See an example of this exercise here.

    Turkish get-ups boost shoulder stability and strength, anterior core strength, and glutes/hamstring/quadriceps. “In other words it works pretty much everything, which is why experts such as physical therapist Gray Cook utilise it with everyone from average Joes to pro athletes,” says Bathke.

Monday, March 22, 2010

Machine vs. Progress

Research corner time. I've had some time to sit down with the latest Journal of Strength and Conditioning and peruse the latest topics. Everyone's favorite, the good 'ol bench press got a few studies this time around, and one of them caught my eye as it is applicable to many gym goers:

"Comparison of Muscle Activation Between a Smith Machine and Free Weight Bench Press"
Done at the Exercise Physiology Lab at Cal State Fullerton, this study looks at how hard certain muscles work during a bench press done in a Smith machine

and free weight bench press with a barbell:
Don't you love cool old school pictures?

Back to the study. They used EMG sensors attached to the deltoids, triceps, and pec major to measure how hard the muscles has to work to accomplish the task. Long story short the free weight movement elicited greater muscle activation than the machine version.

And as you can tell the dude above is way more jacked than the woman in the Smith machine.... ;)

But another important point is that the free weight exercise requires greater stabilization of the glenohumeral joint (shoulder) - which means that the muscles such as the medial deltoid that do the stabilization will get better at this task, which will help keep you healthy.

In other words, stay off the damn machines if you want to get stronger and have healthy joints.

And briefly, another study looked at the effect of stretching before pressing, and found that contrary to some beliefs, stretching had no effect on strength and power production.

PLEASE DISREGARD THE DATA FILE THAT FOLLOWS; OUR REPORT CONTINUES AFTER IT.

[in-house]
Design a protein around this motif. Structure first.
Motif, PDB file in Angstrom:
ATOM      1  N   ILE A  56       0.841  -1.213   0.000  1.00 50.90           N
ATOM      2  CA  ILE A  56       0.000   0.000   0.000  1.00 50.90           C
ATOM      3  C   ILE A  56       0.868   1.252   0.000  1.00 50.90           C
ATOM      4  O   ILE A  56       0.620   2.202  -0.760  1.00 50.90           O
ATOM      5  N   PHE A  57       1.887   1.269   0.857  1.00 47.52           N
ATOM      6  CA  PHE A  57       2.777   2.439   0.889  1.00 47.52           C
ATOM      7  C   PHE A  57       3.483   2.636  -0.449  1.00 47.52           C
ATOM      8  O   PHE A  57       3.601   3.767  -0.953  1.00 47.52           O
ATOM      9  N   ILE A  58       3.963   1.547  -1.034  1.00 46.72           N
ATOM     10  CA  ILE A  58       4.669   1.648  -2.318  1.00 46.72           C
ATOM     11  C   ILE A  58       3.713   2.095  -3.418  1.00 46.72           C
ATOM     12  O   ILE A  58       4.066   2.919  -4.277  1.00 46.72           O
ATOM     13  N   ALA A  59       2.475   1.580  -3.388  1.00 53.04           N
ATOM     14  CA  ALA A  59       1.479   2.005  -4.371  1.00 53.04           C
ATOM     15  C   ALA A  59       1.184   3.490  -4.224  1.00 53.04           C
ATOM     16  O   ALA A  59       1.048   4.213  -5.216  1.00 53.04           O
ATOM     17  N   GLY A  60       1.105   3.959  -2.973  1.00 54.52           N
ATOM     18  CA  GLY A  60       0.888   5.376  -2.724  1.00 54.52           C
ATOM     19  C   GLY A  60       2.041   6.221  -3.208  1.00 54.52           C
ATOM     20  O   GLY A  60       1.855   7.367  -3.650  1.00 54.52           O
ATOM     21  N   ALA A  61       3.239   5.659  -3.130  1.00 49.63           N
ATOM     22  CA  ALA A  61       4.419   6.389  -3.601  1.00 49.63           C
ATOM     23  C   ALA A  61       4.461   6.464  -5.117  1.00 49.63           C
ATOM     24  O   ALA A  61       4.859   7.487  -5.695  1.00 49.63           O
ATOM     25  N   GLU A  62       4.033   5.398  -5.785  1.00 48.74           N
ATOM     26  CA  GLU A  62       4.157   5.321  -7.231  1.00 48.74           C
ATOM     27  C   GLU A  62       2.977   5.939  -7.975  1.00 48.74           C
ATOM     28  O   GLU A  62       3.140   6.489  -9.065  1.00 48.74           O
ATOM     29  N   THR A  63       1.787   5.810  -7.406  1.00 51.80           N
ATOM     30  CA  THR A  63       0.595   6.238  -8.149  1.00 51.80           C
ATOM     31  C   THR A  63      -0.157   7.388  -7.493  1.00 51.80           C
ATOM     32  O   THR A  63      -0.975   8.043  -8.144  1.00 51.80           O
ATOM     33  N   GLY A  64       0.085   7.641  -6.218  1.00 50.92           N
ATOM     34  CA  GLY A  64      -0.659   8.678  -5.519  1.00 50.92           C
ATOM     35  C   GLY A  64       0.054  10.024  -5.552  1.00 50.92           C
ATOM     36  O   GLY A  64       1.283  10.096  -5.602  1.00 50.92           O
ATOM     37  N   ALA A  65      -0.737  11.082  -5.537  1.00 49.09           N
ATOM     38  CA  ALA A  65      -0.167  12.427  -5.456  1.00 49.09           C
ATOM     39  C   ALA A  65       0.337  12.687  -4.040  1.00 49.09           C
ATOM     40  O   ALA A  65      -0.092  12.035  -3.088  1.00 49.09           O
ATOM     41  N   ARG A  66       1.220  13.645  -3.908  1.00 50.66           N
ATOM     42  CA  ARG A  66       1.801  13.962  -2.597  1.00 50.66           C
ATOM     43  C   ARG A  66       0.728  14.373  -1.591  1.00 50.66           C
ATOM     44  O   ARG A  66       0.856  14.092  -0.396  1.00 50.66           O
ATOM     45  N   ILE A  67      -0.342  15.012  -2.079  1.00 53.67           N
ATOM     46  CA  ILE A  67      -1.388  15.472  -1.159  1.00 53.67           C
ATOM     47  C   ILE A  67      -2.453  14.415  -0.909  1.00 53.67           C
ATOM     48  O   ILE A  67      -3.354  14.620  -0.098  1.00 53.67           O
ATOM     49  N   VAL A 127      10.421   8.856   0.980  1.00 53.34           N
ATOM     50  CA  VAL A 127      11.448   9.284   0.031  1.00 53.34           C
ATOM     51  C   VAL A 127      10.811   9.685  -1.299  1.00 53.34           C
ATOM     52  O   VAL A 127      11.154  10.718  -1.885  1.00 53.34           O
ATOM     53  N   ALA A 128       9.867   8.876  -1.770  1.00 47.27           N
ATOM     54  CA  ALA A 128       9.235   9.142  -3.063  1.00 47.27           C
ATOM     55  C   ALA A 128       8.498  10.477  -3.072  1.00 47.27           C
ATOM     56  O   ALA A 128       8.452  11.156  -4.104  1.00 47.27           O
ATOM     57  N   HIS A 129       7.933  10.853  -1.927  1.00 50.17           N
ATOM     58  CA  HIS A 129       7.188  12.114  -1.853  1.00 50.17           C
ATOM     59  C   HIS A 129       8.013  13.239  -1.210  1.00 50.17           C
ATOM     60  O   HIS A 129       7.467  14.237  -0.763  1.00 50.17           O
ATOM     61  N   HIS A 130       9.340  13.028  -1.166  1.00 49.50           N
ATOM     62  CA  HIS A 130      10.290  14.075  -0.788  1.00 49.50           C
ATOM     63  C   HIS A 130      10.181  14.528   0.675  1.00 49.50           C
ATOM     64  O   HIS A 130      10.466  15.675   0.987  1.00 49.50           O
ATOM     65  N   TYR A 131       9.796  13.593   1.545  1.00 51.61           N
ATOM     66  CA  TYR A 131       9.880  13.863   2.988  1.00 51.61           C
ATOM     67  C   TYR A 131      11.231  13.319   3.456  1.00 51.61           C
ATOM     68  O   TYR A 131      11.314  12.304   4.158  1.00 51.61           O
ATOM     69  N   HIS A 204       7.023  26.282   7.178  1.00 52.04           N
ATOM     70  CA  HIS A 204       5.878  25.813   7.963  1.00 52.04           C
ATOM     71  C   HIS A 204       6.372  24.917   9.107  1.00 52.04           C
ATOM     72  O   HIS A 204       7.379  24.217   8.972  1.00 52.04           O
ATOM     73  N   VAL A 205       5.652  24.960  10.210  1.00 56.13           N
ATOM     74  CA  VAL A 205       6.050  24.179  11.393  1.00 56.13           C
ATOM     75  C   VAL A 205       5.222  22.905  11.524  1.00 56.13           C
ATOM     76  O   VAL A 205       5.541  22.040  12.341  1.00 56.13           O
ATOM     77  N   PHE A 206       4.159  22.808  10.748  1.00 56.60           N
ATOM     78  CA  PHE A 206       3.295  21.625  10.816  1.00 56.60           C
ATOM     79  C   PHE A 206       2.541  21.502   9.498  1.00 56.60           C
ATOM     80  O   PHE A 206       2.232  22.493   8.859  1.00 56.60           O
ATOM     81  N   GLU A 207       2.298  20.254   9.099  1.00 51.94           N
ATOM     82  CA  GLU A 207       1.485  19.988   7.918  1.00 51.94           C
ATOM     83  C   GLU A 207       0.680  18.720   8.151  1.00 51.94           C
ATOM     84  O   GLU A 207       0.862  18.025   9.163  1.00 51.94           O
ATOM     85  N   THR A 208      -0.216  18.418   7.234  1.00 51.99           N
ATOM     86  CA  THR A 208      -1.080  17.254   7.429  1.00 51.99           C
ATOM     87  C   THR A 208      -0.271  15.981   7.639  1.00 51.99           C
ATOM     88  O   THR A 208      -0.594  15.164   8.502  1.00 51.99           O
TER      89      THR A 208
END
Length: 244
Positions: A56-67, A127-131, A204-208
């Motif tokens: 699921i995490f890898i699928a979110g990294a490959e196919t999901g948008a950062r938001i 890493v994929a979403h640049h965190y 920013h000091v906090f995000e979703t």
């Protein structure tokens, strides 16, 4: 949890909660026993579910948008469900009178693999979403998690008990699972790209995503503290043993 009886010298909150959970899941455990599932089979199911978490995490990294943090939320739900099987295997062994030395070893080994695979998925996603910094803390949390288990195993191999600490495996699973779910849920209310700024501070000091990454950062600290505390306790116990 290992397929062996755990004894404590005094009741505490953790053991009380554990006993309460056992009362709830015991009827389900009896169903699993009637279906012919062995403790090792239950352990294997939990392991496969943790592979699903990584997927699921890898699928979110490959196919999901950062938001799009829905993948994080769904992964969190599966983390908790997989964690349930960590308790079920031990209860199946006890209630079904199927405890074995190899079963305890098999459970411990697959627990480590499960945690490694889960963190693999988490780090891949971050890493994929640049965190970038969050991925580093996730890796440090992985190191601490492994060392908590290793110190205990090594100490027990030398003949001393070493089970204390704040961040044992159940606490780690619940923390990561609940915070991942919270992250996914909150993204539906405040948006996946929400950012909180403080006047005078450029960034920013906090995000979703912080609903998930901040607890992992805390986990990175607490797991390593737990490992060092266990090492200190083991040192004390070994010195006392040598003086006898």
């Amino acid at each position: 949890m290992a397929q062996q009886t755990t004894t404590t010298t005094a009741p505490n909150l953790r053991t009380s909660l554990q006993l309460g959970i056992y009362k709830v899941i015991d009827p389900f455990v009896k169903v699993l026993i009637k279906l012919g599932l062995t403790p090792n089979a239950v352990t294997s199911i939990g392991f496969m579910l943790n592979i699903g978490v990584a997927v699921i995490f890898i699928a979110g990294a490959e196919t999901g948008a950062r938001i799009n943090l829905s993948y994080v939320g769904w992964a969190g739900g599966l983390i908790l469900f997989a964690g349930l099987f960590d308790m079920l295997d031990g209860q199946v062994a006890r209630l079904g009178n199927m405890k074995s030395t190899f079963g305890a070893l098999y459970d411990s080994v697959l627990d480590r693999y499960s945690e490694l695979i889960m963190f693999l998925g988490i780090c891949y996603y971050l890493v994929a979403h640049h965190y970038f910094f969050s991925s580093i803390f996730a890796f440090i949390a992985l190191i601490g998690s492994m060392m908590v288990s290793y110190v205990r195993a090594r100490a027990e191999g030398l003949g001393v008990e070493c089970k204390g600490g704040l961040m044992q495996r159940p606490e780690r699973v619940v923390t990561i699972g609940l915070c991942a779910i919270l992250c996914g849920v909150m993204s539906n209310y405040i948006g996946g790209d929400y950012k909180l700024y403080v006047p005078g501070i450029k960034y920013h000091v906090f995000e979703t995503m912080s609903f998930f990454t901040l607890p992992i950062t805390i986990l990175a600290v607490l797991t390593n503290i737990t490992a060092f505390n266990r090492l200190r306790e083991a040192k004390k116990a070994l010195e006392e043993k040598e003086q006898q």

Seeing as most guys have shoulders tighter than steel cable go ahead and get all the flexibility work in you can. Yeah yeah...if you are a powerlifter than you will want to refrain from a lot of stretching 2 minutes before you lift... otherwise keep working on shoulder mobility as it will pay off big time down the road.

Wednesday, March 17, 2010

The Arnold Madness

A week and a half ago I ventured to the Arnold Fitness Festival in tropical Columbus, Ohio. As you read in my previous post a recurring back injury prevented me from competing so instead I judged the kettlebell sport competition, which turned out to be very enjoyable and not as monotonous as it would seem.

The competition consists of 2 events, the biathlon which is a 10 minute jerk set, followed by a ten minute snatch set, and the clean and jerk (long cycle) event, which is a single 10 minute set.

This is a video of a colleague Londin Winters (on the left in the white tank top), whom I have been coaching for about a month. She stepped up and did a great long cycle set with a 12kg (25lb) bell, hitting 104 reps in 10 minutes with only one hand switch allowed.

Notice the smoothness of movement all the athletes display, which is really what separates good from great performances moreso than strength. The average gym goer or athlete could learn much from this. As I've heard from many collegiate strength coaches the strongest guys in the gym are rarely, if ever, the best players on the field.

Look to improve your movement quality along with other aspects of fitness. It's often more important than strength or endurance when it comes to keeping healthy in the long or short term.

After the competition is when one can really engage in some learning, and this time was no exception. The following is a video of my friend John Wild Buckley hoisting various people overhead with one arm in front of a Mongolian BBQ joint. Needless to say we got some attention from the people inside!